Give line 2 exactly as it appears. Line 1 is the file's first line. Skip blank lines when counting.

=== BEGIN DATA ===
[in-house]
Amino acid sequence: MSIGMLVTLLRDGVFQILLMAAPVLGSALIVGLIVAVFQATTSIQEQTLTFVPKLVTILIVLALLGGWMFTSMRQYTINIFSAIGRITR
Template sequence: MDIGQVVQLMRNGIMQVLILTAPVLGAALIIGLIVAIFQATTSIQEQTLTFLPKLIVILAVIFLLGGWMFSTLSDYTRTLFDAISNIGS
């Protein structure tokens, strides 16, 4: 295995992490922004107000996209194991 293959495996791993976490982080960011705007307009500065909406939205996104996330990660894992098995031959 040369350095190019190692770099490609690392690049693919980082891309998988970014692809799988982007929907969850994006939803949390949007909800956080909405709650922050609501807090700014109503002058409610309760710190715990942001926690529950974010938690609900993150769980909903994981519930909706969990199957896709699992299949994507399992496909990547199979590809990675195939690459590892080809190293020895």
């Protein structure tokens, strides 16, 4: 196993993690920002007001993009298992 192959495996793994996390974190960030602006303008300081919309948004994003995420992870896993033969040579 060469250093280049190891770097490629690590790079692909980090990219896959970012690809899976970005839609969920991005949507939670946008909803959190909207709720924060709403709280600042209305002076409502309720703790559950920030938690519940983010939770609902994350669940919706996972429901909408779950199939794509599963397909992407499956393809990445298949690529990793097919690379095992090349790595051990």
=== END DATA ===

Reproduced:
Amino acid sequence: MSIGMLVTLLRDGVFQILLMAAPVLGSALIVGLIVAVFQATTSIQEQTLTFVPKLVTILIVLALLGGWMFTSMRQYTINIFSAIGRITR